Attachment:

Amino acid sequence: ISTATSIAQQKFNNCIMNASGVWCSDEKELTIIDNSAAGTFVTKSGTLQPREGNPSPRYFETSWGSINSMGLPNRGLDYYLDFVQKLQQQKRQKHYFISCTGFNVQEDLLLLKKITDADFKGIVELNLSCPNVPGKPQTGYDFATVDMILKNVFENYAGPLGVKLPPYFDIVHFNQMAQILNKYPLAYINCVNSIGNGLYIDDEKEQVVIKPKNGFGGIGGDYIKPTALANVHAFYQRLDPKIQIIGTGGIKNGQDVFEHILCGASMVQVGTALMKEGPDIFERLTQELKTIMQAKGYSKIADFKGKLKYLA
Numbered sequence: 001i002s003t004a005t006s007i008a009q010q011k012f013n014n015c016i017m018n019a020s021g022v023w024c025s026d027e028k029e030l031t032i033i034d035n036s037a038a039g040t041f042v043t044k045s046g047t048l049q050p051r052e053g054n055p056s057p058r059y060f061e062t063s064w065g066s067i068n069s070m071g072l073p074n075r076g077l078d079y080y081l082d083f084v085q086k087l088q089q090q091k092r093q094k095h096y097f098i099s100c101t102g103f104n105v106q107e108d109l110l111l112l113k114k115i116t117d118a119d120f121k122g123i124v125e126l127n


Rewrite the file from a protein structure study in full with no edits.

Amino acid sequence: ISTATSIAQQKFNNCIMNASGVWCSDEKELTIIDNSAAGTFVTKSGTLQPREGNPSPRYFETSWGSINSMGLPNRGLDYYLDFVQKLQQQKRQKHYFISCTGFNVQEDLLLLKKITDADFKGIVELNLSCPNVPGKPQTGYDFATVDMILKNVFENYAGPLGVKLPPYFDIVHFNQMAQILNKYPLAYINCVNSIGNGLYIDDEKEQVVIKPKNGFGGIGGDYIKPTALANVHAFYQRLDPKIQIIGTGGIKNGQDVFEHILCGASMVQVGTALMKEGPDIFERLTQELKTIMQAKGYSKIADFKGKLKYLA
Numbered sequence: 001i002s003t004a005t006s007i008a009q010q011k012f013n014n015c016i017m018n019a020s021g022v023w024c025s026d027e028k029e030l031t032i033i034d035n036s037a038a039g040t041f042v043t044k045s046g047t048l049q050p051r052e053g054n055p056s057p058r059y060f061e062t063s064w065g066s067i068n069s070m071g072l073p074n075r076g077l078d079y080y081l082d083f084v085q086k087l088q089q090q091k092r093q094k095h096y097f098i099s100c101t102g103f104n105v106q107e108d109l110l111l112l113k114k115i116t117d118a119d120f121k122g123i124v125e126l127n